On 21 September 2021, the UK Court of Appeal rejected an appeal raised by Dr. Stephen Thaler, who has been seeking to patent inventions that he claims were derived from an AI machine called 'DABUS'.
The judgement is actually a largely academic exercise that focuses on the interpretation of various statutory provisions. All three judges were unanimous that patent law in the UK requires an inventor to be a person, and therefore that DABUS could not be an inventor because it is a machine. This issue of whether any machine (AI-related or not) could in fact create an invention without human interaction was not explored because it was not germane to the issues in dispute.
At the heart of the appeal was the mechanism by which the UKIPO had refused Dr. Thaler’s applications, which was the statutory requirement to identify the inventor(s) and explain how the patent applicant derived ownership from the inventor. The judges were not unanimous here.
The majority view was that Dr. Thaler failed to comply with the statutory requirement because no person was identified (naming DABUS as the inventor was not naming a person), and because no recognised rule of law for vesting ownership in the applicant was identified (there is no law that intangible creations of a machine become property of the owner of the machine). However, Lord Justice Birss did not side with the majority. His view was that the UKIPO’s ability to assess validity of the information provided about inventorship is limited, and that the information provided by Dr. Thaler was enough to satisfy the formal requirements.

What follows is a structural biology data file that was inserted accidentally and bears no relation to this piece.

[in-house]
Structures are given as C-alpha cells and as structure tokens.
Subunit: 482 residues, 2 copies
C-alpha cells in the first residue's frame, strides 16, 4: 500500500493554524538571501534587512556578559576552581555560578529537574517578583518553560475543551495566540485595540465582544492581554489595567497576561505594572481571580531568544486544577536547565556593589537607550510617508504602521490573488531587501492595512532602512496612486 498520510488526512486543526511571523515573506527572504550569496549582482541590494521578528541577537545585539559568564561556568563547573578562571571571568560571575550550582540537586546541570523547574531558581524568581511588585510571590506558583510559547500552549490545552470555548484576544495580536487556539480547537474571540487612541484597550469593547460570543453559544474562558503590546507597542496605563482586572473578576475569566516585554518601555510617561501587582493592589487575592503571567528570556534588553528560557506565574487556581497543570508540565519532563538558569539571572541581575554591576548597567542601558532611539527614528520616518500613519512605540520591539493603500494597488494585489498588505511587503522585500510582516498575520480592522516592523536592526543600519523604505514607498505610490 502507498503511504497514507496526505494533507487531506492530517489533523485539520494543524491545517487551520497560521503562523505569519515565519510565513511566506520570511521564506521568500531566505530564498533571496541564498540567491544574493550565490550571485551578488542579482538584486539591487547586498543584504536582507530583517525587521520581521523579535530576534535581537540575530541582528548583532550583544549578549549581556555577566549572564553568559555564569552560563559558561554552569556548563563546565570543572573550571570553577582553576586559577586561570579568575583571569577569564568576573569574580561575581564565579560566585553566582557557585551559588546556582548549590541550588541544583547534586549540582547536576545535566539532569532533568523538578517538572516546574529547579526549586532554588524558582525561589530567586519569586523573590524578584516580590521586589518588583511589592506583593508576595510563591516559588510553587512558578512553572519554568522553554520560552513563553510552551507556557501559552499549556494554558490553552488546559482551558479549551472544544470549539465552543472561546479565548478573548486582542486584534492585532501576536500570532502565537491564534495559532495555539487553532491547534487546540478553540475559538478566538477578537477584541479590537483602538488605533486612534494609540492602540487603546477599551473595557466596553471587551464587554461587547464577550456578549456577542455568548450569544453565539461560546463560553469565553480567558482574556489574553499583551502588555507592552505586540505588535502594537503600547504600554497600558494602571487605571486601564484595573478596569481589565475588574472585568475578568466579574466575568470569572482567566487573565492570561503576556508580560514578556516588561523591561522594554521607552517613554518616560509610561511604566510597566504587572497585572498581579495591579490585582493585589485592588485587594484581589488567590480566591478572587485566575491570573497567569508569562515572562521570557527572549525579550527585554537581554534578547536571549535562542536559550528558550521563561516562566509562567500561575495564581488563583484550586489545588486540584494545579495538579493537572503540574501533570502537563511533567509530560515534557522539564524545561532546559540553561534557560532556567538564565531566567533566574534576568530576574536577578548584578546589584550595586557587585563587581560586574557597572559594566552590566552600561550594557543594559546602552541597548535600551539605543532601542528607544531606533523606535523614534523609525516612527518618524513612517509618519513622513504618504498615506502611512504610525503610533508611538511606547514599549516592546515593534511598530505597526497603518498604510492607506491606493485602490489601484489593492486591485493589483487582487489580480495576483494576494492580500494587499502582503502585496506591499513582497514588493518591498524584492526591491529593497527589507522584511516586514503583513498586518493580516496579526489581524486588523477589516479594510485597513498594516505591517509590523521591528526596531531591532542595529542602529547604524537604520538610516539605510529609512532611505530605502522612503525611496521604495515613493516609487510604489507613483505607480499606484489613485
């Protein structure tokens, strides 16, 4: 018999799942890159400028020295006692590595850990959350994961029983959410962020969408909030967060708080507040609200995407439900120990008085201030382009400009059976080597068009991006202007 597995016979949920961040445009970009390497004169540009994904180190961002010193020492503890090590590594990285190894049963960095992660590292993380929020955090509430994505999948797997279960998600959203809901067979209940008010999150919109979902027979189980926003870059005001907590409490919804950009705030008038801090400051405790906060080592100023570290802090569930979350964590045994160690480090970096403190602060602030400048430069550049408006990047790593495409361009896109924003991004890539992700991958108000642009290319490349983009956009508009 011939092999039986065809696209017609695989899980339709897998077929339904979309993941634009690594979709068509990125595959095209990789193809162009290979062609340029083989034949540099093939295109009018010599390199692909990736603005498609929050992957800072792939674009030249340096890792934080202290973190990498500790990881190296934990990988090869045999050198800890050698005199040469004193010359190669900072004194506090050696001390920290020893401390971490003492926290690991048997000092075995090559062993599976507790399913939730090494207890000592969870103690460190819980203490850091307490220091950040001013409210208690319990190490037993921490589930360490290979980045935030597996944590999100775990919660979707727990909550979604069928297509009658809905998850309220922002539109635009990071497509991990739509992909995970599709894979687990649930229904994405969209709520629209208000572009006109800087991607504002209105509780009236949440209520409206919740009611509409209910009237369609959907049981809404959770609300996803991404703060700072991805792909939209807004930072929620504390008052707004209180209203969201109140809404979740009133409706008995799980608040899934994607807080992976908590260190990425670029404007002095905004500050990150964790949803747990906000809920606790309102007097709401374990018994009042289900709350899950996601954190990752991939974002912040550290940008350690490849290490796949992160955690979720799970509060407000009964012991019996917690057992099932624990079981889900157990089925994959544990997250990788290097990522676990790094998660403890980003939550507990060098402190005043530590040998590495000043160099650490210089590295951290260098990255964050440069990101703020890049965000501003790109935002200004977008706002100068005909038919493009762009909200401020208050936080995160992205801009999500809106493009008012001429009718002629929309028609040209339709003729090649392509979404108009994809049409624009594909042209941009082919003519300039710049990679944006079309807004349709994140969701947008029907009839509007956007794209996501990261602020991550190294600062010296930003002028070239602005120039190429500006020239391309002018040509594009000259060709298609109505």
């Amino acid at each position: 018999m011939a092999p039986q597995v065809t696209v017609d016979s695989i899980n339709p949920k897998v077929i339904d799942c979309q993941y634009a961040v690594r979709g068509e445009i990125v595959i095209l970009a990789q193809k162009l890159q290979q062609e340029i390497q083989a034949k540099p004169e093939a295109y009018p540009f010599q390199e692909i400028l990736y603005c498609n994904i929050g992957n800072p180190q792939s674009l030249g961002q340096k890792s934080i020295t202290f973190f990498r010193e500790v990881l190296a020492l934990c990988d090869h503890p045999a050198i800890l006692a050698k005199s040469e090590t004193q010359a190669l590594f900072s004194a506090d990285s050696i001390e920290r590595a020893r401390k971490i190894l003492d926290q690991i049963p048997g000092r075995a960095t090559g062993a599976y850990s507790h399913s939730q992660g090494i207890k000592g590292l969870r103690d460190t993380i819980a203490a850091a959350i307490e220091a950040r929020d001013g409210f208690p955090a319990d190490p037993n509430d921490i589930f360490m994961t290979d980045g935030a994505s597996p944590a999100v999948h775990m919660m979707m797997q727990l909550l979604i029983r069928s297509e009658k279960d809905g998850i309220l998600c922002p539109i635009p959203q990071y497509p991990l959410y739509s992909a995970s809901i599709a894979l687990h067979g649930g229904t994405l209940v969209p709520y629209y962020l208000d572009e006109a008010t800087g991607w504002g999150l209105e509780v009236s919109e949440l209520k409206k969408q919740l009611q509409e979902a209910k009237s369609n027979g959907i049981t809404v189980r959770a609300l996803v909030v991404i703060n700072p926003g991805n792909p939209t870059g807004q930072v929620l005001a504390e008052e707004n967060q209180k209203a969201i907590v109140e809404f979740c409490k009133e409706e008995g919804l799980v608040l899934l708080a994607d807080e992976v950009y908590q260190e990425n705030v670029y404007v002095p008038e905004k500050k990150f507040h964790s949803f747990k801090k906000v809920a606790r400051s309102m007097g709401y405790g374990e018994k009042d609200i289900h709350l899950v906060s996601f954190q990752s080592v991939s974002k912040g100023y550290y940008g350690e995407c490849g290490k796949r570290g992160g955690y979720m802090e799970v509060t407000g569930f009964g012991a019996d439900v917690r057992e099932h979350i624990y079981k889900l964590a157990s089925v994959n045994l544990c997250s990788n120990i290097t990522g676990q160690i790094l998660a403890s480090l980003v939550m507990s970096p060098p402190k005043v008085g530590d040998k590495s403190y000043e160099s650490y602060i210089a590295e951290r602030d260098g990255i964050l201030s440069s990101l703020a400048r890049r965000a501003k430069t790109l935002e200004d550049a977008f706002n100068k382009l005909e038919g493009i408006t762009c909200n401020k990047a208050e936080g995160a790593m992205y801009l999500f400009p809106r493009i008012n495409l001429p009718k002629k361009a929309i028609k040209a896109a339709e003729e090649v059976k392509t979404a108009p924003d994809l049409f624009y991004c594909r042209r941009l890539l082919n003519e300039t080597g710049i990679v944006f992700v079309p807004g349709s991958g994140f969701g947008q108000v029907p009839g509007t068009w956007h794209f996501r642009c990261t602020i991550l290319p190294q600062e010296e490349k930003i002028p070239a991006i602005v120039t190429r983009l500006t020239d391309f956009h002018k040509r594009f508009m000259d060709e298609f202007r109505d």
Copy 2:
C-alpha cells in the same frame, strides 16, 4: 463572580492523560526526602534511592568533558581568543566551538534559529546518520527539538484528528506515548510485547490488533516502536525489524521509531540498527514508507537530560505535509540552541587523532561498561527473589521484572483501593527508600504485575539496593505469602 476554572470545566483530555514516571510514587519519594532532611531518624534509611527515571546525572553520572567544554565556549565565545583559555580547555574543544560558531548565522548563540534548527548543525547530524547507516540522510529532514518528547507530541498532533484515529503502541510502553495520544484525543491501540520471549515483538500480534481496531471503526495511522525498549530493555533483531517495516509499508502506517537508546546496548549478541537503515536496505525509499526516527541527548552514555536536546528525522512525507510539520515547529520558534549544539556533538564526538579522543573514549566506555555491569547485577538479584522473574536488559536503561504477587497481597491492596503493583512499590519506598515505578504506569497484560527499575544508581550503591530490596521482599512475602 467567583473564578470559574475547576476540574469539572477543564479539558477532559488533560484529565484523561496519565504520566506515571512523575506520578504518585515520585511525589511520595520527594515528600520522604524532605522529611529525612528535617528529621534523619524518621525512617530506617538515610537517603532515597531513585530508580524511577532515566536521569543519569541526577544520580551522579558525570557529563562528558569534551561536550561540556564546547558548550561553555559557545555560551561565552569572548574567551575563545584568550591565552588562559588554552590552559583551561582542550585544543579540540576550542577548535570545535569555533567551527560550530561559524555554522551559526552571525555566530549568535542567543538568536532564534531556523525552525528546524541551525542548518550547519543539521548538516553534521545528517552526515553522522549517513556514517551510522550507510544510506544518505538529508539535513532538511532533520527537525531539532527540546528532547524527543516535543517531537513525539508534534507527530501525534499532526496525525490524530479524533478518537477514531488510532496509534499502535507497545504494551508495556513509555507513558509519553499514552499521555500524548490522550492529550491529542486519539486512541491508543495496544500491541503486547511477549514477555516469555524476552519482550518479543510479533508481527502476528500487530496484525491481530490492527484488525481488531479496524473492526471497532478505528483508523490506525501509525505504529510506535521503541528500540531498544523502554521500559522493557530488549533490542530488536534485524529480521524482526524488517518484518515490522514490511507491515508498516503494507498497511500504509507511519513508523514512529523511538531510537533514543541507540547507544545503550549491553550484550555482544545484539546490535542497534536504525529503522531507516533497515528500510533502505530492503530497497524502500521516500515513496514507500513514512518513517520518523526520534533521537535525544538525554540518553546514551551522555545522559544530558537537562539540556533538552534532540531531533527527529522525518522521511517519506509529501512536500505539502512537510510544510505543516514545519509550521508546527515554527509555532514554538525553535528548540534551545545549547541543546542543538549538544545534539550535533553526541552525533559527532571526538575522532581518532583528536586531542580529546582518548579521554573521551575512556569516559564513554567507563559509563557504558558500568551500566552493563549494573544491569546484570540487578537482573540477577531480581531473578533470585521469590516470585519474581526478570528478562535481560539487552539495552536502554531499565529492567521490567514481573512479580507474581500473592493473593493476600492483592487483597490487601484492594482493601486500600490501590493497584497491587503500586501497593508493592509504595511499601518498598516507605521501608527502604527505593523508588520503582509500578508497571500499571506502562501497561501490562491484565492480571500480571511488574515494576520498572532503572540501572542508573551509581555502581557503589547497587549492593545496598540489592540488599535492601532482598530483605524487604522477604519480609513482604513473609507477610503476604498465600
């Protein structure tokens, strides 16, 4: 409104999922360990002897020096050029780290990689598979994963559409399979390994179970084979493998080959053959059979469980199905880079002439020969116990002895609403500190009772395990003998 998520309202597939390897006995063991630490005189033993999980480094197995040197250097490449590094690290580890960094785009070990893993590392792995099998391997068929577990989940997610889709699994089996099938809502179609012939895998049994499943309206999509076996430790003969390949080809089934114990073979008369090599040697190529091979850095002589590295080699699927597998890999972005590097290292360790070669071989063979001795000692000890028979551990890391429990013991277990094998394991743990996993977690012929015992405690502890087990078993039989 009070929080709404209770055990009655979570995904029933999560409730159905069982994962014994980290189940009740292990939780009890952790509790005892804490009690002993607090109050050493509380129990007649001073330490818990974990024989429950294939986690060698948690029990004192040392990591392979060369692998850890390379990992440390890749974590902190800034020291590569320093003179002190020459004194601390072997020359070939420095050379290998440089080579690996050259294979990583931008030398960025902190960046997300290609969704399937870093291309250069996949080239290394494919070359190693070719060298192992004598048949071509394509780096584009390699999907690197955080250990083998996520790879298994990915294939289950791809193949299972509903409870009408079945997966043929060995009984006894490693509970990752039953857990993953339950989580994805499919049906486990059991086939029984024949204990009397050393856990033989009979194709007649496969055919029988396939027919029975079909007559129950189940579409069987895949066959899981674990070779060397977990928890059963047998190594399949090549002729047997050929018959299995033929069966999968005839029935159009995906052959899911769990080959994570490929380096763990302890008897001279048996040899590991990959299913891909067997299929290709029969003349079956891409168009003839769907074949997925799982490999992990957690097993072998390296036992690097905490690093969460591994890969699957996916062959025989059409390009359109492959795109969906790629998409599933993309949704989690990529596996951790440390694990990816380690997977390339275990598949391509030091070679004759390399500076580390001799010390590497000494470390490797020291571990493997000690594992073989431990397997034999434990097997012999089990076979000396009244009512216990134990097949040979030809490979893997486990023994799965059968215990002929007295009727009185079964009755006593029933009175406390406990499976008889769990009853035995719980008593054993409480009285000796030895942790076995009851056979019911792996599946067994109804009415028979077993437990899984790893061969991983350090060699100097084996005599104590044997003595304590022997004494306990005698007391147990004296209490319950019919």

So where does this leave us?
The result of the judgement is that the UKIPO are correct to object to applications that do not name a human inventor. It seems increasingly likely that a change in the wording of the statute would be needed in order to either recognise the contribution of an AI system or clarify which person should be deemed inventor where an AI system is involved in the creation of an invention. The judgement makes plain that had Dr. Thaler declared himself inventor on these cases, they would likely have proceeded through the system without a hitch. So from a practical perspective, where inventions are made using AI-based tools, applicants remain well advised to name the humans involved in the project as inventors in order to obtain patents.
The judgement of Lord Justice Birss gives a view into an alternative universe in which patent applications naming AI systems as inventors can pass through the UKIPO but potentially be vulnerable to later attack on the grounds of entitlement. In this universe the battleground for AI-generated inventions would be focussed on who is entitled to own an invention rather than the nature of the inventor. It shows perhaps that there might be a path that enables the contribution of AI to be recognised, and indeed suggests the possibility that the existing rules on patent entitlement may provide a framework to ensure that AI-generated inventions end up with the correct ownership.
Read the full UK Court of Appeal judgement.
Read Richard's blog Inventive AI: can machines innovate? to learn more about other decisions in the USPTO, EPO and UKIPO which help give clarity on the applicability of current legal provisions to the recognition of artificial intelligence (AI) entities as inventors.
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